This is a post I’ve been mulling for awhile and since my office is so cold that I can’t concentrate, I figured I would give it a shot.
In addition to writing applications in ColdFusion I’m also responsible for maintaining our environment. Our environment consists of 20 or so full time developers, with another 10 to 20 or so part time developers. Our code lives on around 20 servers, which are split up according to different versions and purposes. We run sub-environments for ColdFusion 6, ColdFusion 7 and Flex 1.5 (which is a much different animal then Flex 2.0.) The developer’s group as a whole maintains about 100 or so applications. These applications range in size from a simple one form troubleshooting reporting tool to our student portal that serves our entire student body, and won a Max Award for Education Experiences back in 2004.
I figured I would share some of my observations about what has made our environment more stable over the past three years. Maybe it can help; maybe I’m wrong and need correcting.
Develop, Stage, and Production
Break up your environment into a development area, a staging area, and a production area. We do this by having two servers per sub-environment: development/staging and production. We host development and staging on the same hardware, and use separate ColdFusion instances to separate staging from development. If you can’t make the investment in a separate server for production, then run it as a third instance.
Load Balance If You Can
Most of our production servers are actually load balanced clusters and not stand alone boxes. This means that patches that require a reboot don’t have to mean downtime for you users. You just “drainstop” to one node of the cluster. Update the deactivated node. Reboot and repeat. Being able to patch production servers during the day on Microsoft Patch Tuesday when there are Zero Day exploits? Priceless.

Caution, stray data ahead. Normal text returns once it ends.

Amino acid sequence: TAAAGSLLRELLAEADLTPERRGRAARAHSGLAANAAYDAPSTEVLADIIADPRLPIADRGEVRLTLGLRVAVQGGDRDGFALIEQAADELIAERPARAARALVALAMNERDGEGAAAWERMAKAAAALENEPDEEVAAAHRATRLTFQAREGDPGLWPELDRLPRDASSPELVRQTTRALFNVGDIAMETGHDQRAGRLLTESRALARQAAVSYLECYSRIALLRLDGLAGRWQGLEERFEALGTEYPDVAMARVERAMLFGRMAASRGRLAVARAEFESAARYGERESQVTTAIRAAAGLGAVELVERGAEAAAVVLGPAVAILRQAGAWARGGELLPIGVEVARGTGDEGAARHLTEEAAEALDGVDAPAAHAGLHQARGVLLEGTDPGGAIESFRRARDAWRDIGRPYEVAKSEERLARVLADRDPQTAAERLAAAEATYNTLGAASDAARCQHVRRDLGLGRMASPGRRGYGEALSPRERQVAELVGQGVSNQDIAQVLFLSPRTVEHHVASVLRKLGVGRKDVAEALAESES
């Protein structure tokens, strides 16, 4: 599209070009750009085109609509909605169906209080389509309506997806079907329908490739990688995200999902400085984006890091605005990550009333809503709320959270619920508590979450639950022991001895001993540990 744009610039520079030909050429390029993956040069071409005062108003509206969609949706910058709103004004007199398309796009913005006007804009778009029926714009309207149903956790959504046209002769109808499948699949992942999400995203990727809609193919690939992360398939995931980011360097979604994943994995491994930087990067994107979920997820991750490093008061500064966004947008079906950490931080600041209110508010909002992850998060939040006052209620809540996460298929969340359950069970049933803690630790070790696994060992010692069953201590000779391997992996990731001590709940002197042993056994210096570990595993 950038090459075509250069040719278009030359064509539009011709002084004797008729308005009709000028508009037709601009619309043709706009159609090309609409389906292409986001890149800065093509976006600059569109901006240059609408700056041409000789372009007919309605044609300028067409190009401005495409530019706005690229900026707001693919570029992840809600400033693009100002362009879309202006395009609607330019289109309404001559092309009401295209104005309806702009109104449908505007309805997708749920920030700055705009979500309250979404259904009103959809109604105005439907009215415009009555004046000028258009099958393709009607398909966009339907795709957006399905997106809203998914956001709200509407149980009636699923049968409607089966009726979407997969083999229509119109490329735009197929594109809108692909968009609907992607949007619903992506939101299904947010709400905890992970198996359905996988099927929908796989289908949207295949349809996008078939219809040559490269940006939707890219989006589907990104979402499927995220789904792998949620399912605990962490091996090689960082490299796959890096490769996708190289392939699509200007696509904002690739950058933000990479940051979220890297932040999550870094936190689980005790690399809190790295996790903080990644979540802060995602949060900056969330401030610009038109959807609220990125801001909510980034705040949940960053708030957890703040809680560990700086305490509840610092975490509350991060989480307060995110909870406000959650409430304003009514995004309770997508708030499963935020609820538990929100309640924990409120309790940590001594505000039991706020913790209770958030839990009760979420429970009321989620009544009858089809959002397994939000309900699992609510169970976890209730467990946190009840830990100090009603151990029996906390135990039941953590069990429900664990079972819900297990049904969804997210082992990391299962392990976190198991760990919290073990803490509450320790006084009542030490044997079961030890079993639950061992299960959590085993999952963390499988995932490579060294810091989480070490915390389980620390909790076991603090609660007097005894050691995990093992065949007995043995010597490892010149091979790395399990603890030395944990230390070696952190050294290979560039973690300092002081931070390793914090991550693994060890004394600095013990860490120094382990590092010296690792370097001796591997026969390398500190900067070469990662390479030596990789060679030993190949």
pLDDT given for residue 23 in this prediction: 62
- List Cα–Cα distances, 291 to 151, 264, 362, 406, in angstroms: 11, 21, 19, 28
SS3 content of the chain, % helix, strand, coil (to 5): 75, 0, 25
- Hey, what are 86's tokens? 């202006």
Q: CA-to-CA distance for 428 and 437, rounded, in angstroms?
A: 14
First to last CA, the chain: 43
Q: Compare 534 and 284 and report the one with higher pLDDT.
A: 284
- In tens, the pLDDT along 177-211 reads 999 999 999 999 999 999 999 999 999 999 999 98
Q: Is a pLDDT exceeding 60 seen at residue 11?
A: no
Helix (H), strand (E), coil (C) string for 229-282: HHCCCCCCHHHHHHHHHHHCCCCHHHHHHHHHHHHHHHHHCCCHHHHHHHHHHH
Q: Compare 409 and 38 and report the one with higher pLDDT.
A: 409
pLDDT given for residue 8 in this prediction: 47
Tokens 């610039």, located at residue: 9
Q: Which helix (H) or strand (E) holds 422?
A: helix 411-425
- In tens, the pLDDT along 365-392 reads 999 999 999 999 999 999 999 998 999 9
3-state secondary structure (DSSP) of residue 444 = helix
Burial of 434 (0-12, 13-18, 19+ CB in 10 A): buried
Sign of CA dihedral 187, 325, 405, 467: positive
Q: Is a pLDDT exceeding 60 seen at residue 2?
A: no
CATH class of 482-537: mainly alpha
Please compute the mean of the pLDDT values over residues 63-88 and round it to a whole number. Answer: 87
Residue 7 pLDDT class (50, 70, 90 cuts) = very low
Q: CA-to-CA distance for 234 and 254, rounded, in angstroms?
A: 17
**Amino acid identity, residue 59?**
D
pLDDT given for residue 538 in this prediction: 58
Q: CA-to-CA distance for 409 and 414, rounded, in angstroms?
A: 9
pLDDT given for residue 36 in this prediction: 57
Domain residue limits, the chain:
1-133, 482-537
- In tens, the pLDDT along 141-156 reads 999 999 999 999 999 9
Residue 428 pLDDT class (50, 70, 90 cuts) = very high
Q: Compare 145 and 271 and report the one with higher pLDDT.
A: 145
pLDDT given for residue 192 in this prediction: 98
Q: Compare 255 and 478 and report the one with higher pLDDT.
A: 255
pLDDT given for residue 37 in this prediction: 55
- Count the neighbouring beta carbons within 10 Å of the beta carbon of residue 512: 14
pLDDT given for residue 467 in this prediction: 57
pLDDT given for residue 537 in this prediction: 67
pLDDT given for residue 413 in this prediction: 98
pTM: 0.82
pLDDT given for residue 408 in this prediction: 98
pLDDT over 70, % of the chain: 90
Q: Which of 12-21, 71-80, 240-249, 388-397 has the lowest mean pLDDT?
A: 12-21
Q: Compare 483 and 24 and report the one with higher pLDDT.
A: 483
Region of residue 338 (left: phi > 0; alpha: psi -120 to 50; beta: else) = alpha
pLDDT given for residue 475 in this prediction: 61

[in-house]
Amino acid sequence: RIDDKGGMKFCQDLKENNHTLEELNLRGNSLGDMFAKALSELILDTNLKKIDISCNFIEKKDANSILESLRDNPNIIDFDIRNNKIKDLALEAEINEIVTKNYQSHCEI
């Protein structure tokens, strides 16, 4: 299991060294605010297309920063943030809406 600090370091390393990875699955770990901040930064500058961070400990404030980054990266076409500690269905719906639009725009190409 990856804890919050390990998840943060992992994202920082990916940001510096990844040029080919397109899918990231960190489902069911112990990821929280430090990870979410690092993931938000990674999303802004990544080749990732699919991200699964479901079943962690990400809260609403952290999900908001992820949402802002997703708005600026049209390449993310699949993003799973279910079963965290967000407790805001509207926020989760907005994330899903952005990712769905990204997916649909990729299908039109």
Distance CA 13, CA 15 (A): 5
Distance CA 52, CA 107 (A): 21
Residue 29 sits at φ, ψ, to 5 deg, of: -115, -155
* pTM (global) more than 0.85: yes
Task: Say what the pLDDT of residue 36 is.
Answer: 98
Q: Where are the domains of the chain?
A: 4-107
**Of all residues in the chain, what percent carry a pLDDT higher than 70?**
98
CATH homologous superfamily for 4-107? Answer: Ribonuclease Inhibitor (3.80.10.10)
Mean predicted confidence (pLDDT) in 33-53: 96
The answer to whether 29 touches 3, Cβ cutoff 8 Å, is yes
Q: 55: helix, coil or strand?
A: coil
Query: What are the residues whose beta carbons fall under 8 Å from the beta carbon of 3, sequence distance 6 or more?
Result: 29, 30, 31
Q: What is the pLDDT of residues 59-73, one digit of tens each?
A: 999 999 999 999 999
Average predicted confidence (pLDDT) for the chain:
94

Write Code that Knows Where It Is
We have a couple of shared modules that allow code to determine if it is in development, staging, or production. It does this through a combination of file structure, CGI variables and registry information. Then variables can be set accordingly. That way, you don’t have to code around application state.
Don’t Produce, Publish
Don’t allow anyone, including your fellow administrators, to directly touch code in the production environment. Code should be published from staging. It doesn’t matter how. On most of our sub-environments we use a centrally available system that allows developers to push code to production. On one of our sub-environments it’s just a scheduled task that copies staging over to production every N minutes. This way developers, including yourself are forced to test in staging, before users start seeing errors due to a bad update. It also obfuscates more details about the production environment from our developers. If we add a cluster node to server, it doesn’t matter to the developers; publishing just takes care of it.
Share the Wealth
We do this three ways:
First, we write boilerplates that define a very loose framework than makes sure all applications do certain things “right.” Things like forcing login information to be posted over SSL, and encouraging the use of central code nuggets when proper.
Then we write central code nuggets, like encapsulated and logged LDAP calls, or authentication routines. We solve these problems once, and make sure everyone else can benefit.
Finally, we have our own Developer’s blog that we maintain for sharing internal information, and for posting announcements. We tied in publishing, so our developers have to look at it from time to time.
Tell Everyone How You Really Feel About Them
They’re painful, boring, cathartic, and frustrating all at the same time. Other people have written more about them ad nauseum. So I’m going to just say “No matter how painful they can be, you really need to do code reviews.” We typically make code review a condition of being allowed to publish to production.
Patch your machines. That’s all I have for now. Maybe I will have more later.